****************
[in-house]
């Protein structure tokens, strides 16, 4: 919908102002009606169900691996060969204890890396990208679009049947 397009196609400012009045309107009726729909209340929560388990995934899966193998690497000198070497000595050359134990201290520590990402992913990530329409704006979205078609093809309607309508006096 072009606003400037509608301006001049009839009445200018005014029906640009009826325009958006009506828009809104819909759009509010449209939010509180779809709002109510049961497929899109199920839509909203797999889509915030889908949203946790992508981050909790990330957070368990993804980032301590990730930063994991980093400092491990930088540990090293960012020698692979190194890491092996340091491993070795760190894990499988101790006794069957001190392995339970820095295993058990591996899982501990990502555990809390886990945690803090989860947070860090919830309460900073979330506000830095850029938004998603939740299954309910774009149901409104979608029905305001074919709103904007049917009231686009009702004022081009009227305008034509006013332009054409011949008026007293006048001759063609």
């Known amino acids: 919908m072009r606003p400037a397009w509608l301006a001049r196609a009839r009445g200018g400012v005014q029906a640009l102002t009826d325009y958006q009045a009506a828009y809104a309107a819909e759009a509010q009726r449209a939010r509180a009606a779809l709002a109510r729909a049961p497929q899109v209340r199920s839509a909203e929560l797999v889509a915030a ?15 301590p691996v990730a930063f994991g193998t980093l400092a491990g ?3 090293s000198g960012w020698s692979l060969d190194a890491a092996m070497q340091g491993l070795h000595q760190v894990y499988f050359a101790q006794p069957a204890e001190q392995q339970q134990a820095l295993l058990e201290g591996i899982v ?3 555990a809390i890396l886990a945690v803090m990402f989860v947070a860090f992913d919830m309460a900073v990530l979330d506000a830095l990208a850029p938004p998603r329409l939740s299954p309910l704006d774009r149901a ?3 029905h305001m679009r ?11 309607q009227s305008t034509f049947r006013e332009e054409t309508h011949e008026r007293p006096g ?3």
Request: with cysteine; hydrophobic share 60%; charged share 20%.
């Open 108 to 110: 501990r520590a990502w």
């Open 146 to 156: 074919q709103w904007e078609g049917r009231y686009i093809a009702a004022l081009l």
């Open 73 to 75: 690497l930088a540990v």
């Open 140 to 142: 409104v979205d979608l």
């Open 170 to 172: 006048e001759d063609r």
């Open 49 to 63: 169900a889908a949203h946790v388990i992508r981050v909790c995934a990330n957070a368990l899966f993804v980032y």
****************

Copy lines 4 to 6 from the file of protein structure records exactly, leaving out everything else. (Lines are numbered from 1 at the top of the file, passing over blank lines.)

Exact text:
Request: with cysteine; hydrophobic share 60%; charged share 20%.
């Open 108 to 110: 501990r520590a990502w």
């Open 146 to 156: 074919q709103w904007e078609g049917r009231y686009i093809a009702a004022l081009l």